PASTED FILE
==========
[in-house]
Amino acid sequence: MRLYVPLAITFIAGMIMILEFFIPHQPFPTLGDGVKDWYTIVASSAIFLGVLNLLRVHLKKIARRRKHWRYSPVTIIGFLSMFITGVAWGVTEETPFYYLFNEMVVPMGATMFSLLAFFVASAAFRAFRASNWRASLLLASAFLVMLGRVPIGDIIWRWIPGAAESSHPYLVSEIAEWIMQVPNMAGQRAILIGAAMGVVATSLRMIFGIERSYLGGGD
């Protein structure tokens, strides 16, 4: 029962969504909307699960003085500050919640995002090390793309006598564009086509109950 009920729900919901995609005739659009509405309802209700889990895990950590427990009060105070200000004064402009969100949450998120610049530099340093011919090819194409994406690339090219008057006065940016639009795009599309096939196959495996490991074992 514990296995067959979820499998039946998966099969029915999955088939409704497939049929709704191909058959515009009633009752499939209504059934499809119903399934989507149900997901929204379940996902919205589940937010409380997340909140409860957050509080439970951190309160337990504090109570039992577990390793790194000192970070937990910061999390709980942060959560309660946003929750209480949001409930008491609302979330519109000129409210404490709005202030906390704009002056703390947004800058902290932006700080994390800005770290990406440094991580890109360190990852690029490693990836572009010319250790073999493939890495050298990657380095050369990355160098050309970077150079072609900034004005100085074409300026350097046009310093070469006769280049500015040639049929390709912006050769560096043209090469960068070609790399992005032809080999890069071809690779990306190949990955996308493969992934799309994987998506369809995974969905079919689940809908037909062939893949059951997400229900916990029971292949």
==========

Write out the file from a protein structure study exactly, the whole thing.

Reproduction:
[in-house]
Amino acid sequence: MRLYVPLAITFIAGMIMILEFFIPHQPFPTLGDGVKDWYTIVASSAIFLGVLNLLRVHLKKIARRRKHWRYSPVTIIGFLSMFITGVAWGVTEETPFYYLFNEMVVPMGATMFSLLAFFVASAAFRAFRASNWRASLLLASAFLVMLGRVPIGDIIWRWIPGAAESSHPYLVSEIAEWIMQVPNMAGQRAILIGAAMGVVATSLRMIFGIERSYLGGGD
């Protein structure tokens, strides 16, 4: 029962969504909307699960003085500050919640995002090390793309006598564009086509109950 009920729900919901995609005739659009509405309802209700889990895990950590427990009060105070200000004064402009969100949450998120610049530099340093011919090819194409994406690339090219008057006065940016639009795009599309096939196959495996490991074992 514990296995067959979820499998039946998966099969029915999955088939409704497939049929709704191909058959515009009633009752499939209504059934499809119903399934989507149900997901929204379940996902919205589940937010409380997340909140409860957050509080439970951190309160337990504090109570039992577990390793790194000192970070937990910061999390709980942060959560309660946003929750209480949001409930008491609302979330519109000129409210404490709005202030906390704009002056703390947004800058902290932006700080994390800005770290990406440094991580890109360190990852690029490693990836572009010319250790073999493939890495050298990657380095050369990355160098050309970077150079072609900034004005100085074409300026350097046009310093070469006769280049500015040639049929390709912006050769560096043209090469960068070609790399992005032809080999890069071809690779990306190949990955996308493969992934799309994987998506369809995974969905079919689940809908037909062939893949059951997400229900916990029971292949």